With Darcy off to London for ten days, Bingley is at looses ends - which he speedily ties up by spending his time with the Bennets. In a matter of days, in fact, he proposes to Jane, who is now happily engaged to be married to her true love. Lizzy is, of course, thrilled for her sister; she's also quite glad that Bingley didn't mention Darcy's role in convincing him that Jane was indifferent.

Oh, Mrs Bennet!

Mrs Bennet tries hard to manoeuvre things so that Bingley and Jane are left alone, behaving in such an obvious manner as to be completely embarrassing - winking and pulling her daughters out of the room with a blatant disregard for propriety. And then, when Jane is engaged, she doesn't understand her husband's teasing. And there's this: "Oh! my dear, dear Jane, I am so happy! I am sure I shan't get a wink of sleep all night. I knew how it would be. I always said it must be so, at last. I was sure you could not be so beautiful for nothing!" Because of course Bingley is only marrying her for her looks, right? Gah!

Laugh and the world laughs with you

We know that Elizabeth is certainly thinking of Darcy all along. But Jane doesn't know that:

"I am certainly the most fortunate creature that ever existed!" cried Jane. "Oh! Lizzy, why am I thus singled from my family, and blessed above them all! If I could but see you as happy! If there were but such another man for you!"

"If you were to give me forty such men, I never could be so happy as you. Till I have your disposition, your goodness, I never can have your happiness. No, no, let me shift for myself; and, perhaps, if I have very good luck, I may meet with another Mr Collins in time."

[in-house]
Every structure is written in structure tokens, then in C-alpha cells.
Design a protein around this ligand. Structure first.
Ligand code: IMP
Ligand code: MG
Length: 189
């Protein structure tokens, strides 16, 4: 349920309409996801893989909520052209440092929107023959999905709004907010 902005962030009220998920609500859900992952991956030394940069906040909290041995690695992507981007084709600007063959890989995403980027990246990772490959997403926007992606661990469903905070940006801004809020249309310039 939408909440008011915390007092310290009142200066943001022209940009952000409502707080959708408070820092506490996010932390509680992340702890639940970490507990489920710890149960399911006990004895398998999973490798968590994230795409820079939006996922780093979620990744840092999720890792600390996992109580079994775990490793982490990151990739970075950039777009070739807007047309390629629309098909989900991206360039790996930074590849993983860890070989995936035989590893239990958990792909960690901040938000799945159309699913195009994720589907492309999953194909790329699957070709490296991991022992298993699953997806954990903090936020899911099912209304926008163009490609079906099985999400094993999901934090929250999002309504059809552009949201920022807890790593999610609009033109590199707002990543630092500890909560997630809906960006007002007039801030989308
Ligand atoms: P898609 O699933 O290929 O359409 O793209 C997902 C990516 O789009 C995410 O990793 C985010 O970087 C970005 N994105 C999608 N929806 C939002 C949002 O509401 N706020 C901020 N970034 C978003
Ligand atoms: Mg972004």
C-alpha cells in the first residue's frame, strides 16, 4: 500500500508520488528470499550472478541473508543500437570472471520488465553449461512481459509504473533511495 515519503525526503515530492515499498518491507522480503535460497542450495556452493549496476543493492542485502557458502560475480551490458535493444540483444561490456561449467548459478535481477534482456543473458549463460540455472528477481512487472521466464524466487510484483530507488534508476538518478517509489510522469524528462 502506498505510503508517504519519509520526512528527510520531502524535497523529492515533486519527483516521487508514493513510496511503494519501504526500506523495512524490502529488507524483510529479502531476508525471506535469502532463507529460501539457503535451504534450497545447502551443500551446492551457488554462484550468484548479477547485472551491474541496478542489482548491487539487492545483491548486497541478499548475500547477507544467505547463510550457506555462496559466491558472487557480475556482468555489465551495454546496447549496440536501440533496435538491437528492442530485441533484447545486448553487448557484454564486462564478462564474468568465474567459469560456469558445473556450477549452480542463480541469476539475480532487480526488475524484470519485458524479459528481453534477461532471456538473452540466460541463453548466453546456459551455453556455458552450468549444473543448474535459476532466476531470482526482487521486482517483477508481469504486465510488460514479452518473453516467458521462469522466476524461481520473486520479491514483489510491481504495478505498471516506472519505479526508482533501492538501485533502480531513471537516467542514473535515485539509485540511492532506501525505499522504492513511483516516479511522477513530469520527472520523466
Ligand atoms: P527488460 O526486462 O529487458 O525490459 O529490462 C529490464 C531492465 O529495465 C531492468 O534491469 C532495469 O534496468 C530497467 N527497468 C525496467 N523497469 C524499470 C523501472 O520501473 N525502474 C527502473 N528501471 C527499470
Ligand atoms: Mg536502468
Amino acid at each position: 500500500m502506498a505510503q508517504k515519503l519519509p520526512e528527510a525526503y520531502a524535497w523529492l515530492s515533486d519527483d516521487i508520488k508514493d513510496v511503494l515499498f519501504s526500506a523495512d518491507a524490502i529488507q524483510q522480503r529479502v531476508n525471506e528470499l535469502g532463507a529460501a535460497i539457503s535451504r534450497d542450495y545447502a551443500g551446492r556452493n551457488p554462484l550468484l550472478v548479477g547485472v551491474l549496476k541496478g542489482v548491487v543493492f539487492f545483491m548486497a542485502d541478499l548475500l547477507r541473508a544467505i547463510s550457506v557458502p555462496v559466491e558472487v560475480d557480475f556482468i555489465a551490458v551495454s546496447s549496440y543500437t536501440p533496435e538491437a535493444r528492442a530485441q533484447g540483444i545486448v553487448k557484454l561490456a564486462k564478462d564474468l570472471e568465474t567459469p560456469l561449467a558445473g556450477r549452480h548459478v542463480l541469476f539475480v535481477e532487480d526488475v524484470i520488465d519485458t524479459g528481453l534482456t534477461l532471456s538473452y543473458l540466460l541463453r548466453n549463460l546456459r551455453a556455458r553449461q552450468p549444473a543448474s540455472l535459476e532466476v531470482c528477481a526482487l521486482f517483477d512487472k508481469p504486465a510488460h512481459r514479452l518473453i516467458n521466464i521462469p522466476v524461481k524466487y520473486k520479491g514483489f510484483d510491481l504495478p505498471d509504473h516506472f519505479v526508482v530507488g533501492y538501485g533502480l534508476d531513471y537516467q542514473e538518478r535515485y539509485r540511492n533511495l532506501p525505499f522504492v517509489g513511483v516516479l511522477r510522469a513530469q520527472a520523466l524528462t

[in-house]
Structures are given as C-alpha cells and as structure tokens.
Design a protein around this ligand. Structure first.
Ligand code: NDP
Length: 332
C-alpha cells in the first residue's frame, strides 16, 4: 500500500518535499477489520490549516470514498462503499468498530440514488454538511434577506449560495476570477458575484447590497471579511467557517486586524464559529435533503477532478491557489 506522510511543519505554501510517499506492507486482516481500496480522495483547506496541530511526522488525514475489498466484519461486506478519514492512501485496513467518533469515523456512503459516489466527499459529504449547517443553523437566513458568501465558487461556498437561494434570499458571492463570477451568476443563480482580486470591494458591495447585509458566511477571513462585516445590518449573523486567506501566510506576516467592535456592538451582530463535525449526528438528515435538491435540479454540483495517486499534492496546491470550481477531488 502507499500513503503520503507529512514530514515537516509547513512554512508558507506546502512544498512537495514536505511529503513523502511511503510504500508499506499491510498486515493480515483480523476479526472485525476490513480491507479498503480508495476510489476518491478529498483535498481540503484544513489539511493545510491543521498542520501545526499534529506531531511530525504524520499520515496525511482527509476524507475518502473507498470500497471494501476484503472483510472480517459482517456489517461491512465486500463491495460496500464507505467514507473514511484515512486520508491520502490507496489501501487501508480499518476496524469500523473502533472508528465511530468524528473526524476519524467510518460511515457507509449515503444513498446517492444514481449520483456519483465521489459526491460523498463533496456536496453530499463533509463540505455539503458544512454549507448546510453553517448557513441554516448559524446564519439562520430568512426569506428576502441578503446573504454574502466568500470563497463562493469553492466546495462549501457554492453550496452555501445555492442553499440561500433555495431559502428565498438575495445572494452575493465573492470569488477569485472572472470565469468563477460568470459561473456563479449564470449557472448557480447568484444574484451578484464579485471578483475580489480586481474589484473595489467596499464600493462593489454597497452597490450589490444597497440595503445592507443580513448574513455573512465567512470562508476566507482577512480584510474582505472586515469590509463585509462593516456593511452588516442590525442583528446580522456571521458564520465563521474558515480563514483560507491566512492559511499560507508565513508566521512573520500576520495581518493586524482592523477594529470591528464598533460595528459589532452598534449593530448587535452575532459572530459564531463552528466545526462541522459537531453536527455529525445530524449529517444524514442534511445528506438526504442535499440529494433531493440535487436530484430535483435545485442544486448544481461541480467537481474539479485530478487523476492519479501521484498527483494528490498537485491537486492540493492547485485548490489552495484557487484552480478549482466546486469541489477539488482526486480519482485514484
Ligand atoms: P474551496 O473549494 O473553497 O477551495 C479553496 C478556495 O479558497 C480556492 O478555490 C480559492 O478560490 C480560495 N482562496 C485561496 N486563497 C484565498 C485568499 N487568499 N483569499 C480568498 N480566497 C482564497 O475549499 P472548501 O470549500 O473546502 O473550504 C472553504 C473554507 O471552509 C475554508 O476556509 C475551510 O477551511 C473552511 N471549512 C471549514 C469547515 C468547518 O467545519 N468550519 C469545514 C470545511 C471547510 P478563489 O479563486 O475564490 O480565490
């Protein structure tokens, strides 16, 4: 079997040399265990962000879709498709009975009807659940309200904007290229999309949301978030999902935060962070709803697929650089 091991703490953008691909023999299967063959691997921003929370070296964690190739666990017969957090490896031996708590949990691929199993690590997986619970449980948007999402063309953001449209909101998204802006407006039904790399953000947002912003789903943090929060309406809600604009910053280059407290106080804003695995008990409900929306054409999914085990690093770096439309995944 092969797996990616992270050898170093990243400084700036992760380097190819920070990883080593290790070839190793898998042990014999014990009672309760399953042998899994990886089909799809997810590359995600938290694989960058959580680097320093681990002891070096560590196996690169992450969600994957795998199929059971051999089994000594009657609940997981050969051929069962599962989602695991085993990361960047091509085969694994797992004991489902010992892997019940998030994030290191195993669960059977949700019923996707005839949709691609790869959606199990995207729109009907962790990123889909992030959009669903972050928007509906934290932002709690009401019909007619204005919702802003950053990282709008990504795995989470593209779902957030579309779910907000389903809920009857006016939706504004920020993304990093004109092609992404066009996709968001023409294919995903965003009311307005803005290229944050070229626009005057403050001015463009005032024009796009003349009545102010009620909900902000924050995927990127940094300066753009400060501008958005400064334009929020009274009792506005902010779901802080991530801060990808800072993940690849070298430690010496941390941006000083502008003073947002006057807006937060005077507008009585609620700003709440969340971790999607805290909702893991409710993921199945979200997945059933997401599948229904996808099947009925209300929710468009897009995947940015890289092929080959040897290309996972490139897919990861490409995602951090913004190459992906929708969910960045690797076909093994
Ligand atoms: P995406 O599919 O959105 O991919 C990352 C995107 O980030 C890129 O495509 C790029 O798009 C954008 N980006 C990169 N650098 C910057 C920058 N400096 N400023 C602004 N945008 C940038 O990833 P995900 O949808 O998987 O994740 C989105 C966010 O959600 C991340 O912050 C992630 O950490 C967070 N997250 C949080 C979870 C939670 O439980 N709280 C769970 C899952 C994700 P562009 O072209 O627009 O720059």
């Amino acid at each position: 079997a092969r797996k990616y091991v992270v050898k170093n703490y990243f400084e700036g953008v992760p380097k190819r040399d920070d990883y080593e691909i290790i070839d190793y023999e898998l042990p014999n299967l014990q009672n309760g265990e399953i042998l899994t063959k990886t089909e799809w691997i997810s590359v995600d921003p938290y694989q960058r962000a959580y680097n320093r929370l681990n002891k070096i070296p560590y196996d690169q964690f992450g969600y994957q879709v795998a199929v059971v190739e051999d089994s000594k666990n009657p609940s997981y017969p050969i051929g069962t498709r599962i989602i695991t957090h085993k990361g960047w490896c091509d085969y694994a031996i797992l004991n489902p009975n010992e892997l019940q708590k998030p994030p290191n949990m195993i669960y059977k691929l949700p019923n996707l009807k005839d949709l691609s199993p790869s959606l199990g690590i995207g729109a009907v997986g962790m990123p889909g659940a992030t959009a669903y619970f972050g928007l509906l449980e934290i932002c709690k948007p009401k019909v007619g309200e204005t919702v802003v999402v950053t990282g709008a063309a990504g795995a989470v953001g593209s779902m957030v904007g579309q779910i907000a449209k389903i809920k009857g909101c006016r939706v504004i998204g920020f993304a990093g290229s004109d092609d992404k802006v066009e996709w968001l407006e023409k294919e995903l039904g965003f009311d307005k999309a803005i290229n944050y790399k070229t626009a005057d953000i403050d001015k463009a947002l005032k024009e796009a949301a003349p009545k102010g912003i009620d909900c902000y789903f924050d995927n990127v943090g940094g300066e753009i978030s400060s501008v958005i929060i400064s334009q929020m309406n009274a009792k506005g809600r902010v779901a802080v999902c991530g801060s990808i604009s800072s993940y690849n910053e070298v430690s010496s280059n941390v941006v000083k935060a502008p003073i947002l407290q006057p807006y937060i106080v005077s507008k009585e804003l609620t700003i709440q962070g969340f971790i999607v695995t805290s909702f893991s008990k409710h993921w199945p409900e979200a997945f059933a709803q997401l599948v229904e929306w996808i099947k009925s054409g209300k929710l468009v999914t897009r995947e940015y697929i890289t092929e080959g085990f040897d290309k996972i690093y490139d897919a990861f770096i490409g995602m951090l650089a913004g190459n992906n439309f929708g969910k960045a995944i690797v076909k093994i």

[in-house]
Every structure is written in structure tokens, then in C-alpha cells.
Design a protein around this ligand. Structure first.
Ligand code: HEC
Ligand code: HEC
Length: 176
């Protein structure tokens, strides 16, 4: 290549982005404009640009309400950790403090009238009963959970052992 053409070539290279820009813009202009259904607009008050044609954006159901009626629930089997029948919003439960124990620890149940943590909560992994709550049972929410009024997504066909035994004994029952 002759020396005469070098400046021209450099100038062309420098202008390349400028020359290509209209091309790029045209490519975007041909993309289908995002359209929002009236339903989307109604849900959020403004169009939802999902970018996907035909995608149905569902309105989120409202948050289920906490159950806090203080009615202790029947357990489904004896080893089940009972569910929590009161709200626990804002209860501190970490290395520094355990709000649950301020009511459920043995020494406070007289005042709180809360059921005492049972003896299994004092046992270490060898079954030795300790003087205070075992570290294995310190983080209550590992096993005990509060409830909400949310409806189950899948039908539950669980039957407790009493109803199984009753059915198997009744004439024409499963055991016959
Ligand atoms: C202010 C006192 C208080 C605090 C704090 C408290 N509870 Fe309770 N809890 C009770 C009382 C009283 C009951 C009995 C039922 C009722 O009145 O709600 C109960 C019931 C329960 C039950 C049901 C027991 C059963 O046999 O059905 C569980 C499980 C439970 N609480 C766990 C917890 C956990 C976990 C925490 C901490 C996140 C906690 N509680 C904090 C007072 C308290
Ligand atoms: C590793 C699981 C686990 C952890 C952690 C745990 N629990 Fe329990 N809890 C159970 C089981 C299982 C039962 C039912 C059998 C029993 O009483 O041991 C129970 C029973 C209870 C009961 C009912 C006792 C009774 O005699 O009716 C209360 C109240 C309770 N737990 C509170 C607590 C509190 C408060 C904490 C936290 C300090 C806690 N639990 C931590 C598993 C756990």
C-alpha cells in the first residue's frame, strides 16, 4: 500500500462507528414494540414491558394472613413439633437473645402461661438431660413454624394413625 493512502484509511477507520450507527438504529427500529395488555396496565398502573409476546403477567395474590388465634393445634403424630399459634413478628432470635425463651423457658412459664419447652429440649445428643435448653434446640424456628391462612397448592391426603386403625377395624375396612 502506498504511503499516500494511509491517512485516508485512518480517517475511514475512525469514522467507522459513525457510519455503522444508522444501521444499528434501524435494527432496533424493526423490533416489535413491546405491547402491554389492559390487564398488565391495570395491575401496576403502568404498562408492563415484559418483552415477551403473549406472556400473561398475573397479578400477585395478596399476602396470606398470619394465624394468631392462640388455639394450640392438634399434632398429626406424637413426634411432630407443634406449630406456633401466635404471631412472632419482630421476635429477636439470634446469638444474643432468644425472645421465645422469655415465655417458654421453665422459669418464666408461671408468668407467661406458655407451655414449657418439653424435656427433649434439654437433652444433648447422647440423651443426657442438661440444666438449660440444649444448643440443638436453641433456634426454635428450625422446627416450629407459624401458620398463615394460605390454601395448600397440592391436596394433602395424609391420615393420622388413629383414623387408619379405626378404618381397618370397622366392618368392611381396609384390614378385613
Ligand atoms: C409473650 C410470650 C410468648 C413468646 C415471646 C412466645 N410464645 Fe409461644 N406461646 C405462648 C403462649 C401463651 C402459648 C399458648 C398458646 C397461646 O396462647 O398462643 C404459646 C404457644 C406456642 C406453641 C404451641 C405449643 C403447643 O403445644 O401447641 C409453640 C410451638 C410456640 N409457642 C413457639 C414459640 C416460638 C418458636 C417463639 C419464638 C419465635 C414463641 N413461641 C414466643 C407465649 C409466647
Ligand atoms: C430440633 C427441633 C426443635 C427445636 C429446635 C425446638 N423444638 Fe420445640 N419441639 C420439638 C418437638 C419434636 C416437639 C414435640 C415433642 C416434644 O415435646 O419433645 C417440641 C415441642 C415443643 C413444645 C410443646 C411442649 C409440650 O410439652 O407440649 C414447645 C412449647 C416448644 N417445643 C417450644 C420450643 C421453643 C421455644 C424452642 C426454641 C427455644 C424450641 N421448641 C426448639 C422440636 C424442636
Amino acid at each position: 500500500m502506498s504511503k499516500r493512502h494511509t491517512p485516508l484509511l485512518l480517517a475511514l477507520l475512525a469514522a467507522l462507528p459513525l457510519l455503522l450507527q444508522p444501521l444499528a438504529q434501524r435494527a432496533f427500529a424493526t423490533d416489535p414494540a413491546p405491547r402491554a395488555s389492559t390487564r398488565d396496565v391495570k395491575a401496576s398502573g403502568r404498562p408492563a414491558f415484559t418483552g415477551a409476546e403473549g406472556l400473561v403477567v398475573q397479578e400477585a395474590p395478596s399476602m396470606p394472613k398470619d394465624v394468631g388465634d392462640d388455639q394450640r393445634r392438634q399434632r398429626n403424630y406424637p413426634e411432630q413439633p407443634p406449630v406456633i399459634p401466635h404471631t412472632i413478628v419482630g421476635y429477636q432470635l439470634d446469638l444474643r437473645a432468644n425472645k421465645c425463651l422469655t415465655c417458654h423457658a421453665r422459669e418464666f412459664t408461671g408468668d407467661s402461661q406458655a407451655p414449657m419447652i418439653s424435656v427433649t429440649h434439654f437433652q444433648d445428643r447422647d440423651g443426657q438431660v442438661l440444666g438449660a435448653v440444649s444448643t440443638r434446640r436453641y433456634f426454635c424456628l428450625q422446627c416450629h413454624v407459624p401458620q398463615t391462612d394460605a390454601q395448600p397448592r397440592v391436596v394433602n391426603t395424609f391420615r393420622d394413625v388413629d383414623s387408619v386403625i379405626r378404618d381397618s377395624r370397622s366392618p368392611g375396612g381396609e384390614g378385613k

Dudes - I cannot WAIT until tomorrow, because there's a visitor coming to Longbourne, and I am all anticipation for one of my favorite chapters in this novel - and that is truly saying something!

I wish I could find a clip of the 2005 Bingley proposal online for you, but it has disappeared. Joe Wright made boneheaded choices in telling this story, but the proposal scene includes a funny bit of dialogue between Darcy and Bingley out by the stream and then a gorgeous clip of Simon Woods as Bingley walking up to Rosamund Pike as Jane to propose. Alas, it is not currently available on YouTube. *sigh*

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Timon of Athens and Tessa Gratton

Last night, I drove up to New York to meet Tessa Gratton to go see a production of Shakespeare's Timon of Athens at the Public Theatre in the East Village. Tessa is even more beautiful in person than in her photos, and that's saying something. She's also every bit as smart and funny as I expected, and then some. Don't you just love it when you meet online friends in real life and they turn out to be awesome? I know I do (and I also know that's usually the case, at least when it comes to online writer friends).